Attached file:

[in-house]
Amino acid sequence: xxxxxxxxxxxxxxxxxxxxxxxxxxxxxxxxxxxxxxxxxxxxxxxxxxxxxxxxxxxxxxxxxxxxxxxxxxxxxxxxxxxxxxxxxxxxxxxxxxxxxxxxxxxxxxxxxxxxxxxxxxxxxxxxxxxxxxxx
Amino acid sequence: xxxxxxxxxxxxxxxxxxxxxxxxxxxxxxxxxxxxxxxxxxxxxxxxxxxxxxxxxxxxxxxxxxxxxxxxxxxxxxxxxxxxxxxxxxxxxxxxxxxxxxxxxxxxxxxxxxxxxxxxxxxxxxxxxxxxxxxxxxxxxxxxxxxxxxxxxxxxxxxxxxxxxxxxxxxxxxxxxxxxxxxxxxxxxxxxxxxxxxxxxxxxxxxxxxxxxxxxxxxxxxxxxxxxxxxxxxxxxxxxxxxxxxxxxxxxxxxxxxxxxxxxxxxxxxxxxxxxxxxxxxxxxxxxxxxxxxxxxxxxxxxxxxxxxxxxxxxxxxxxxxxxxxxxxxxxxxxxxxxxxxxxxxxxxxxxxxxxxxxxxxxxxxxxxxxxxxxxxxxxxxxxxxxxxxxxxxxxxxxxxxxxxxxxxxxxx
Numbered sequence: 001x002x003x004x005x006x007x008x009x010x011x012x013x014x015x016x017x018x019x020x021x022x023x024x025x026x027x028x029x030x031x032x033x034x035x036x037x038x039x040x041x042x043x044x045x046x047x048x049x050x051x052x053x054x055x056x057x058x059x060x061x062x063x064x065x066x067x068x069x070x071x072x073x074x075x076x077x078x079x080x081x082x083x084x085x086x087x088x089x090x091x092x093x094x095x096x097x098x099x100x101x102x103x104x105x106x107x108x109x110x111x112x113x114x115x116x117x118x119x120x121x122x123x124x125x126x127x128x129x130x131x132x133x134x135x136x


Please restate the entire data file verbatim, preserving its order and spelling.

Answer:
[in-house]
Amino acid sequence: xxxxxxxxxxxxxxxxxxxxxxxxxxxxxxxxxxxxxxxxxxxxxxxxxxxxxxxxxxxxxxxxxxxxxxxxxxxxxxxxxxxxxxxxxxxxxxxxxxxxxxxxxxxxxxxxxxxxxxxxxxxxxxxxxxxxxxxx
Amino acid sequence: xxxxxxxxxxxxxxxxxxxxxxxxxxxxxxxxxxxxxxxxxxxxxxxxxxxxxxxxxxxxxxxxxxxxxxxxxxxxxxxxxxxxxxxxxxxxxxxxxxxxxxxxxxxxxxxxxxxxxxxxxxxxxxxxxxxxxxxxxxxxxxxxxxxxxxxxxxxxxxxxxxxxxxxxxxxxxxxxxxxxxxxxxxxxxxxxxxxxxxxxxxxxxxxxxxxxxxxxxxxxxxxxxxxxxxxxxxxxxxxxxxxxxxxxxxxxxxxxxxxxxxxxxxxxxxxxxxxxxxxxxxxxxxxxxxxxxxxxxxxxxxxxxxxxxxxxxxxxxxxxxxxxxxxxxxxxxxxxxxxxxxxxxxxxxxxxxxxxxxxxxxxxxxxxxxxxxxxxxxxxxxxxxxxxxxxxxxxxxxxxxxxxxxxxxxxxx
Numbered sequence: 001x002x003x004x005x006x007x008x009x010x011x012x013x014x015x016x017x018x019x020x021x022x023x024x025x026x027x028x029x030x031x032x033x034x035x036x037x038x039x040x041x042x043x044x045x046x047x048x049x050x051x052x053x054x055x056x057x058x059x060x061x062x063x064x065x066x067x068x069x070x071x072x073x074x075x076x077x078x079x080x081x082x083x084x085x086x087x088x089x090x091x092x093x094x095x096x097x098x099x100x101x102x103x104x105x106x107x108x109x110x111x112x113x114x115x116x117x118x119x120x121x122x123x124x125x126x127x128x129x130x131x132x133x134x135x136x